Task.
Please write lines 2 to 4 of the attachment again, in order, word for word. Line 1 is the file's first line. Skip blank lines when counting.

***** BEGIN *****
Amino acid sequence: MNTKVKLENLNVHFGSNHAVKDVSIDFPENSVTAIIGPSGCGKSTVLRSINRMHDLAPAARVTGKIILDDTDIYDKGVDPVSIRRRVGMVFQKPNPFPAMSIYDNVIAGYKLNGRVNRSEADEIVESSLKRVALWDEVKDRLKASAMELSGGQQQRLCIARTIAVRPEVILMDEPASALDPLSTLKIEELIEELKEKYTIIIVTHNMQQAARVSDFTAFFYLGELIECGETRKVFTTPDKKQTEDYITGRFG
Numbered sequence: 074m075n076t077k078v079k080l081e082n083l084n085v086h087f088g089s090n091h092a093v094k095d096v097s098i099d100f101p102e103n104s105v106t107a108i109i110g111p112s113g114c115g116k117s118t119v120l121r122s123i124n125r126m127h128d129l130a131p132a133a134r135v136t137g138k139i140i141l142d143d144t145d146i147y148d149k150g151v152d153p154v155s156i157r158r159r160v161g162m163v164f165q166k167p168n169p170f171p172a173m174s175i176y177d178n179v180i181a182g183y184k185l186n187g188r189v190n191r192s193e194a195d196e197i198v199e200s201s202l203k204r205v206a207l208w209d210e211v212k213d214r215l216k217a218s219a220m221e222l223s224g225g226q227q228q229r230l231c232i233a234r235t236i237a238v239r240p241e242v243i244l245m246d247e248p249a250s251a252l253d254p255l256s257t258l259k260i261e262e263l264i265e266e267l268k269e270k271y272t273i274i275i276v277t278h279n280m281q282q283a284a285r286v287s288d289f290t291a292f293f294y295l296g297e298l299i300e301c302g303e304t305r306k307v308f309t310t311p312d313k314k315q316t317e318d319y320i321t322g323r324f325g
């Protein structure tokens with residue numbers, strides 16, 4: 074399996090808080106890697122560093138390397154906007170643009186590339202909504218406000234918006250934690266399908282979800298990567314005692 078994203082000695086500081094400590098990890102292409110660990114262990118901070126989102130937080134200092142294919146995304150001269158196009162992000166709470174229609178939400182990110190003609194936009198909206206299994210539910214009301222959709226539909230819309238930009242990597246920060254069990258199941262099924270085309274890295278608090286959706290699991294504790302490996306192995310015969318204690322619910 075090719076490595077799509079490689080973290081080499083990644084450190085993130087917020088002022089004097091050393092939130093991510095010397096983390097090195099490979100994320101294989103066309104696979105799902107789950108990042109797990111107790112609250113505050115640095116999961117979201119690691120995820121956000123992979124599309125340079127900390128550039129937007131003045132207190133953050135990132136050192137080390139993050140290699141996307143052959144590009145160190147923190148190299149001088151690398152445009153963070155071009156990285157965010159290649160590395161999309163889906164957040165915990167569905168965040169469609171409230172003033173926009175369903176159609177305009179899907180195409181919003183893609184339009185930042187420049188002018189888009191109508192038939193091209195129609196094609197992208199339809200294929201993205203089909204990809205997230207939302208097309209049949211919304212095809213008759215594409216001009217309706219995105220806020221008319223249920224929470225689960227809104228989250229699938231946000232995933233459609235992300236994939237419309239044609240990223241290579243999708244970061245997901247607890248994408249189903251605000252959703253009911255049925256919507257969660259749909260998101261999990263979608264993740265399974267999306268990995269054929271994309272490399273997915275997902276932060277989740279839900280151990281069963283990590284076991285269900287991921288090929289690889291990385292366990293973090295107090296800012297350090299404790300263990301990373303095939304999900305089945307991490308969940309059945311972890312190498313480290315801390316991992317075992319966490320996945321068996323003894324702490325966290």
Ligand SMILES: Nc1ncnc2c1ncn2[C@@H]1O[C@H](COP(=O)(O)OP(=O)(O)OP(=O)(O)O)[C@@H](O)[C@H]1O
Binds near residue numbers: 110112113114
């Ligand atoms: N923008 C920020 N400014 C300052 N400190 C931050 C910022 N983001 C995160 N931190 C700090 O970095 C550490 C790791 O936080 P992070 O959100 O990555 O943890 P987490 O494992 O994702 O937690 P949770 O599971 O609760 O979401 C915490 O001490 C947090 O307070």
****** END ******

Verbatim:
Numbered sequence: 074m075n076t077k078v079k080l081e082n083l084n085v086h087f088g089s090n091h092a093v094k095d096v097s098i099d100f101p102e103n104s105v106t107a108i109i110g111p112s113g114c115g116k117s118t119v120l121r122s123i124n125r126m127h128d129l130a131p132a133a134r135v136t137g138k139i140i141l142d143d144t145d146i147y148d149k150g151v152d153p154v155s156i157r158r159r160v161g162m163v164f165q166k167p168n169p170f171p172a173m174s175i176y177d178n179v180i181a182g183y184k185l186n187g188r189v190n191r192s193e194a195d196e197i198v199e200s201s202l203k204r205v206a207l208w209d210e211v212k213d214r215l216k217a218s219a220m221e222l223s224g225g226q227q228q229r230l231c232i233a234r235t236i237a238v239r240p241e242v243i244l245m246d247e248p249a250s251a252l253d254p255l256s257t258l259k260i261e262e263l264i265e266e267l268k269e270k271y272t273i274i275i276v277t278h279n280m281q282q283a284a285r286v287s288d289f290t291a292f293f294y295l296g297e298l299i300e301c302g303e304t305r306k307v308f309t310t311p312d313k314k315q316t317e318d319y320i321t322g323r324f325g
């Protein structure tokens with residue numbers, strides 16, 4: 074399996090808080106890697122560093138390397154906007170643009186590339202909504218406000234918006250934690266399908282979800298990567314005692 078994203082000695086500081094400590098990890102292409110660990114262990118901070126989102130937080134200092142294919146995304150001269158196009162992000166709470174229609178939400182990110190003609194936009198909206206299994210539910214009301222959709226539909230819309238930009242990597246920060254069990258199941262099924270085309274890295278608090286959706290699991294504790302490996306192995310015969318204690322619910 075090719076490595077799509079490689080973290081080499083990644084450190085993130087917020088002022089004097091050393092939130093991510095010397096983390097090195099490979100994320101294989103066309104696979105799902107789950108990042109797990111107790112609250113505050115640095116999961117979201119690691120995820121956000123992979124599309125340079127900390128550039129937007131003045132207190133953050135990132136050192137080390139993050140290699141996307143052959144590009145160190147923190148190299149001088151690398152445009153963070155071009156990285157965010159290649160590395161999309163889906164957040165915990167569905168965040169469609171409230172003033173926009175369903176159609177305009179899907180195409181919003183893609184339009185930042187420049188002018189888009191109508192038939193091209195129609196094609197992208199339809200294929201993205203089909204990809205997230207939302208097309209049949211919304212095809213008759215594409216001009217309706219995105220806020221008319223249920224929470225689960227809104228989250229699938231946000232995933233459609235992300236994939237419309239044609240990223241290579243999708244970061245997901247607890248994408249189903251605000252959703253009911255049925256919507257969660259749909260998101261999990263979608264993740265399974267999306268990995269054929271994309272490399273997915275997902276932060277989740279839900280151990281069963283990590284076991285269900287991921288090929289690889291990385292366990293973090295107090296800012297350090299404790300263990301990373303095939304999900305089945307991490308969940309059945311972890312190498313480290315801390316991992317075992319966490320996945321068996323003894324702490325966290």
Ligand SMILES: Nc1ncnc2c1ncn2[C@@H]1O[C@H](COP(=O)(O)OP(=O)(O)OP(=O)(O)O)[C@@H](O)[C@H]1O